Hidden Air Leaks
A DIY audit of your home may not show all the hidden air leaks, but you can head to the basement, attic and crawlspace to look for problem areas, also noting their sizes and locations.
Specific places to inspect for obvious and hidden air leaks include:
In the Attic
- Attic hatches
- Top plate
- Dropped soffits inside the home
- Recessed lights
- Chimneys, vent pipes for fans, plumbing and flues
In the Basement or Crawlspace
- Sill plate
- Holes around foundation for pipes and wires
- Foundation cracks
Around the House
- Electrical outlets and switches on exterior walls
- Dryer vents
- Open fireplace dampers
- Windows and exterior door frames
You’ll run across built-in ventilation areas in the attic that you shouldn’t cover. The attic needs adequate ventilation to lower its temperature in the summer and prevent moisture from condensing in the winter.
Sealing Air Leaks
As you go about home sealing and insulation, choose caulk and other sealing materials with durability and safety in mind. If you have to seal around flues and chimneys, use metal flashing or silicone caulk that resists heat better than latex caulk. Silicone caulk also shrinks less than latex or acrylic products.
You might want to use a qualified electrician to stop leaks around recessed lights and add insulation to them, since these lights can get hot, and there may be fire danger if the wires are exposed. Expanding foam is a good method for home sealing and insulation, but read the instructions carefully, since some types are highly flammable. Once the foam has dried, you can use a knife to shape it, and then paint it.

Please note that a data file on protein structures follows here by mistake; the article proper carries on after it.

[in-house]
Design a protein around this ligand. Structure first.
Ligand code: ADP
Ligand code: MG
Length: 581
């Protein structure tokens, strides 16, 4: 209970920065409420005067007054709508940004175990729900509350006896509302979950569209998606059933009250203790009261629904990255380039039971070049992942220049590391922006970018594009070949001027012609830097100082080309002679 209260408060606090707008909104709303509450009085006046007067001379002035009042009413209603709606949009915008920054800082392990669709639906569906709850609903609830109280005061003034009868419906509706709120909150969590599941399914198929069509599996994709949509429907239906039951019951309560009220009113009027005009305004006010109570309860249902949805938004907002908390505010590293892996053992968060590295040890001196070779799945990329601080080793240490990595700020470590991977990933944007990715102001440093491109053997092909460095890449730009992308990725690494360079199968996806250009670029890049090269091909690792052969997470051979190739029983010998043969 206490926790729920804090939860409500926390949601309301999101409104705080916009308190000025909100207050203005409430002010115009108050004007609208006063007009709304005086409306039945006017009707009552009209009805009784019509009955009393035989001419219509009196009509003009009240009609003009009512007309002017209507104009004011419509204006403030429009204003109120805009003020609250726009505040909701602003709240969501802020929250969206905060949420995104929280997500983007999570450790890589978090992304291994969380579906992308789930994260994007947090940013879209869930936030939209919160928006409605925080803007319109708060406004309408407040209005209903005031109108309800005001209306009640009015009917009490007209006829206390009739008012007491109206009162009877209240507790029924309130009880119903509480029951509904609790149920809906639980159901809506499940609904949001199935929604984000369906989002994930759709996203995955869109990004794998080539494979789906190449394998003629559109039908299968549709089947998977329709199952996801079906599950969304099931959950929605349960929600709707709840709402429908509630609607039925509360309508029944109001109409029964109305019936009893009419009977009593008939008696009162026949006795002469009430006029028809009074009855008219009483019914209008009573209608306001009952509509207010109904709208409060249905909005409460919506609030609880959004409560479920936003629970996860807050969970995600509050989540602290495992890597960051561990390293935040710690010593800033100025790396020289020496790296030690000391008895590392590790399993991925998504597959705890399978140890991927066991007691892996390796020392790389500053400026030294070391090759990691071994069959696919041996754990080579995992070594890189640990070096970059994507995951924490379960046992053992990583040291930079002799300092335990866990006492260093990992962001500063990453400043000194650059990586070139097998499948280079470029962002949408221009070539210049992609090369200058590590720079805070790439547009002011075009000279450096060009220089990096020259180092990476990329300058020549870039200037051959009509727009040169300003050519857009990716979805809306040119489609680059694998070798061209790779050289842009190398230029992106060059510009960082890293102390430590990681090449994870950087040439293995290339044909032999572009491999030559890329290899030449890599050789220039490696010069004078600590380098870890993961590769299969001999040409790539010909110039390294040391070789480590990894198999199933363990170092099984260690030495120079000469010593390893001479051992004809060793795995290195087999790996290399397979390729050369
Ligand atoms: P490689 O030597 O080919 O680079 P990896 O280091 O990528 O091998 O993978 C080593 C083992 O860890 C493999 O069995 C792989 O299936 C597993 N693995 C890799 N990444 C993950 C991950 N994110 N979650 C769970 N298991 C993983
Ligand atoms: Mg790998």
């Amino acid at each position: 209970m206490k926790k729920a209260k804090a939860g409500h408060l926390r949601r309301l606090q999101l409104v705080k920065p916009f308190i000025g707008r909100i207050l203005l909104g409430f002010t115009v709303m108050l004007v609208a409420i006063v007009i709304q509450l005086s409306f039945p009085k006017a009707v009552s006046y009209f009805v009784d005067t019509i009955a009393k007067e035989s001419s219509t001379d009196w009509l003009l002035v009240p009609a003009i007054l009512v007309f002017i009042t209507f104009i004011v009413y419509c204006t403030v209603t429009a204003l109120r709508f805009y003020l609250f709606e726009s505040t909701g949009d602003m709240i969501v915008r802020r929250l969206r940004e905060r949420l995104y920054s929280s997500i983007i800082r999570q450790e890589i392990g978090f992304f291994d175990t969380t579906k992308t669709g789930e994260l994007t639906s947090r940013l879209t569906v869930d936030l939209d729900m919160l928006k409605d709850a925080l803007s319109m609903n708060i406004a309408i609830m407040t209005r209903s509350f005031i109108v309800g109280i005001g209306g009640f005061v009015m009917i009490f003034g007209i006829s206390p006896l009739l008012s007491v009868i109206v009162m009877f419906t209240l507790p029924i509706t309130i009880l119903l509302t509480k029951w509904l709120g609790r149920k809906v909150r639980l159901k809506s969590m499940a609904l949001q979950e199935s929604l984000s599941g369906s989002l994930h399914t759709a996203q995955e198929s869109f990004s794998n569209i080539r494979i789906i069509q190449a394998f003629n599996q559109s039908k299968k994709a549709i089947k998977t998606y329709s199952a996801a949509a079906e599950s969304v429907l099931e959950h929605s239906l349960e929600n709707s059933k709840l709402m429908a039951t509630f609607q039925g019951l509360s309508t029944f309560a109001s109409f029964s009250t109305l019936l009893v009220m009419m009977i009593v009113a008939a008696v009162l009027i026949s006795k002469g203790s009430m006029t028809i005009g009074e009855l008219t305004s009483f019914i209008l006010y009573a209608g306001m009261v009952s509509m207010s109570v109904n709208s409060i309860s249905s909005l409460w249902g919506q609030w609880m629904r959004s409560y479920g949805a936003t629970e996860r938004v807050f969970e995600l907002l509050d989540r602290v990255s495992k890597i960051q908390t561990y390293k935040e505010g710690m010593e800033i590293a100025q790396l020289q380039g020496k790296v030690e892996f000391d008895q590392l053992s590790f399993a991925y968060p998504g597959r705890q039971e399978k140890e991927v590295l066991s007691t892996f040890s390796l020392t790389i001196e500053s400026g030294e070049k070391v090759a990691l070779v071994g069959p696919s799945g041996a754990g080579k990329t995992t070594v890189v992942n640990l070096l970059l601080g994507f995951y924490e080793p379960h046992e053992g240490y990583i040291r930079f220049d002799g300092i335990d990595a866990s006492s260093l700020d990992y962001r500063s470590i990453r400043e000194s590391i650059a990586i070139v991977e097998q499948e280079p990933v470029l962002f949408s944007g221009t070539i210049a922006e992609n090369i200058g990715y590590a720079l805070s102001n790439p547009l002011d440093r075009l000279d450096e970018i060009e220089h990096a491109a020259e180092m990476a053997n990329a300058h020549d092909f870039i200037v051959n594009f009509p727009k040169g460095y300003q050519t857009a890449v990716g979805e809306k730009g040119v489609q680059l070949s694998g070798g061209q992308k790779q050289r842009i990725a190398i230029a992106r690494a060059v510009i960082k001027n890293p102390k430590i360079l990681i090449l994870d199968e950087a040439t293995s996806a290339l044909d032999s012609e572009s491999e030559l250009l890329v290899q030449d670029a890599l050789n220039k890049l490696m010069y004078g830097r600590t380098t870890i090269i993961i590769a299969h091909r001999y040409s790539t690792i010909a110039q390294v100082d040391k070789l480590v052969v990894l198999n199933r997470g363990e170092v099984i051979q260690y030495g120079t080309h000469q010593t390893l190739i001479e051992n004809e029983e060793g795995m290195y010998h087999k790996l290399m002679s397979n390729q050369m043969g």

If the air leak or gap is excessively large, consider stuffing it with insulation. Place the insulation in a plastic bag to prevent air from flowing through it. If the weatherstripping on the attic hatch and exterior doors needs replacement, note the type of original weatherstripping on the door. It may be simpler to use that type to replace it. You can also improve your home’s energy efficiency by cutting a sheet of insulation to cover the inside of the attic hatch.
Home sealing and insulation go hand in hand when you’re improving your home’s ability to resist thermal change. The U.S. Department of Energy suggests that homes in our area have 16 to 20 inches of attic insulation for R-values that range between R-38 and R-60. The “R-” refers to how long the product resists temperature change. Each digit represents an hour, so theoretically, R-38 resists thermal change for 38 hours.